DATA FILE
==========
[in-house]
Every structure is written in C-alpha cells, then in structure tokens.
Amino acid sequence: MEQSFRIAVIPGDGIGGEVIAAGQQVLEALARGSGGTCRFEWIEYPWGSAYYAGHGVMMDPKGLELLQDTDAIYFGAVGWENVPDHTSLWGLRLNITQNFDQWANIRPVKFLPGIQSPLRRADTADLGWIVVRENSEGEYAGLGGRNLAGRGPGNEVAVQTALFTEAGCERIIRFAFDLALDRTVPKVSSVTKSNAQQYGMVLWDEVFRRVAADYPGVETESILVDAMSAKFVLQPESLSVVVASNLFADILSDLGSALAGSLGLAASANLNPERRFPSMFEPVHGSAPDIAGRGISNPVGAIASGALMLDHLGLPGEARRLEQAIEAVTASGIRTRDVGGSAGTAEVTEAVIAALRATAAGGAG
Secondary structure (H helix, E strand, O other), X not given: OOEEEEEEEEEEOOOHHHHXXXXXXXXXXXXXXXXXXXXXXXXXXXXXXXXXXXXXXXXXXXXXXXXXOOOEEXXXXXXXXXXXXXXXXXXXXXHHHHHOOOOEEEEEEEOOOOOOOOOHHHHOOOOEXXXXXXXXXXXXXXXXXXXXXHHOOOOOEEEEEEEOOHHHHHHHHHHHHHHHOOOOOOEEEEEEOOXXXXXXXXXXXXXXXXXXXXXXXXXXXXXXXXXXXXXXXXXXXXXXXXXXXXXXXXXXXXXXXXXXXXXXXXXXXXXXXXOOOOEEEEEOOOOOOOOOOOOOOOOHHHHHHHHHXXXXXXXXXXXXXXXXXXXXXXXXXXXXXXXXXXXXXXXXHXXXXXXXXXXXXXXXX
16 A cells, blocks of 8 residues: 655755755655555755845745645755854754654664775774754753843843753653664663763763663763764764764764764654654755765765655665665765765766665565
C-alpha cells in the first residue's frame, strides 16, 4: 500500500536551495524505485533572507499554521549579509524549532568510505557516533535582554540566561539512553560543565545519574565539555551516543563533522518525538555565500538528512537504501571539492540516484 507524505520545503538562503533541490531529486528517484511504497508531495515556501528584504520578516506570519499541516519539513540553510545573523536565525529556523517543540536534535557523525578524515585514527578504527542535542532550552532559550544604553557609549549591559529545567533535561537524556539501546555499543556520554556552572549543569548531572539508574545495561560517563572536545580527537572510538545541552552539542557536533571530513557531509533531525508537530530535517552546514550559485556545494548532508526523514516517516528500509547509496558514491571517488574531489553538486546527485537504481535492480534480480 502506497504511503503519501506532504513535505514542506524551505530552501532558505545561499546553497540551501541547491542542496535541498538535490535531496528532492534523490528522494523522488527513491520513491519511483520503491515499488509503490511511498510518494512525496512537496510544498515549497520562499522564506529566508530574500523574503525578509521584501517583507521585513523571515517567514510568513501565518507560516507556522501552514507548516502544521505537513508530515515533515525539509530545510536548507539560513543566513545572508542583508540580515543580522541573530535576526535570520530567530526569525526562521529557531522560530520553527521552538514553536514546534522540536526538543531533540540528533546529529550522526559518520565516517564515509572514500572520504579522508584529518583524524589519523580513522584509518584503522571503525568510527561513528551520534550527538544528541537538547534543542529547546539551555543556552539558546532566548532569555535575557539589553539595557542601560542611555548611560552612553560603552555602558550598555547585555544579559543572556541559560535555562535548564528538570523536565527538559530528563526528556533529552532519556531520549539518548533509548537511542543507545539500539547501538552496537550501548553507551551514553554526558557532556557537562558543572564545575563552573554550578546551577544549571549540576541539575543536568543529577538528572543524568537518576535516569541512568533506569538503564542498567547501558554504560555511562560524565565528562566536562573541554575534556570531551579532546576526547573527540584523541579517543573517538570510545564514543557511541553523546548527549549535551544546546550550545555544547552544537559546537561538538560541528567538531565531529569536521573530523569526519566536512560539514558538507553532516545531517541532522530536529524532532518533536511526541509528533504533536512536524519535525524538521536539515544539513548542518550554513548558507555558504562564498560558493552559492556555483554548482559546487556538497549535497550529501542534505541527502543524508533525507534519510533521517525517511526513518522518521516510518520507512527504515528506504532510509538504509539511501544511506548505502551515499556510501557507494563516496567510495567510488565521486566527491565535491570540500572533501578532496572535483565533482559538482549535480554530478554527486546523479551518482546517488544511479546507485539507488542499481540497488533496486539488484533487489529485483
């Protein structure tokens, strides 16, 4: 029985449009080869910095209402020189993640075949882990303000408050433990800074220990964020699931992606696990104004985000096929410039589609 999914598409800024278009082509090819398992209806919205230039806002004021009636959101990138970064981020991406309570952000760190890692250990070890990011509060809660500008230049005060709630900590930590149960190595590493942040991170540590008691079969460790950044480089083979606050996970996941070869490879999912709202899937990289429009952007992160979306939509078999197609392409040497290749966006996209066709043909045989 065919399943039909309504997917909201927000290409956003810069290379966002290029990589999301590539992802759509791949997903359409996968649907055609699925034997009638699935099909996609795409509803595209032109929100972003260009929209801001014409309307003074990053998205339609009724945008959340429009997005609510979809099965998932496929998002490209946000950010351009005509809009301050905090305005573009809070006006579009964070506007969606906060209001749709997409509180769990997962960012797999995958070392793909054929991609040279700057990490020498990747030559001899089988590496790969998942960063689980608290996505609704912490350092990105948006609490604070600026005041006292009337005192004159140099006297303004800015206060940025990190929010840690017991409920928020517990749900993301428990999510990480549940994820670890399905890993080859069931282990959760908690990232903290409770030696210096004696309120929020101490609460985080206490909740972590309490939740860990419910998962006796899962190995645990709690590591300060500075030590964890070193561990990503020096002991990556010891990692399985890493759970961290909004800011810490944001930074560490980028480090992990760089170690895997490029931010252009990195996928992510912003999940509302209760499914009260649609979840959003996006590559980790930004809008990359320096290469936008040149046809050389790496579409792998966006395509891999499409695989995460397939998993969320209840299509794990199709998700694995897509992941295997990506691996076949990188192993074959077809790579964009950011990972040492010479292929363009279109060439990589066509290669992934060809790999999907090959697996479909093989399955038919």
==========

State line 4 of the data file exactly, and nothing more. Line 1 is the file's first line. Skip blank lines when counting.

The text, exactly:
Secondary structure (H helix, E strand, O other), X not given: OOEEEEEEEEEEOOOHHHHXXXXXXXXXXXXXXXXXXXXXXXXXXXXXXXXXXXXXXXXXXXXXXXXXOOOEEXXXXXXXXXXXXXXXXXXXXXHHHHHOOOOEEEEEEEOOOOOOOOOHHHHOOOOEXXXXXXXXXXXXXXXXXXXXXHHOOOOOEEEEEEEOOHHHHHHHHHHHHHHHOOOOOOEEEEEEOOXXXXXXXXXXXXXXXXXXXXXXXXXXXXXXXXXXXXXXXXXXXXXXXXXXXXXXXXXXXXXXXXXXXXXXXXXXXXXXXXOOOOEEEEEOOOOOOOOOOOOOOOOHHHHHHHHHXXXXXXXXXXXXXXXXXXXXXXXXXXXXXXXXXXXXXXXXHXXXXXXXXXXXXXXXX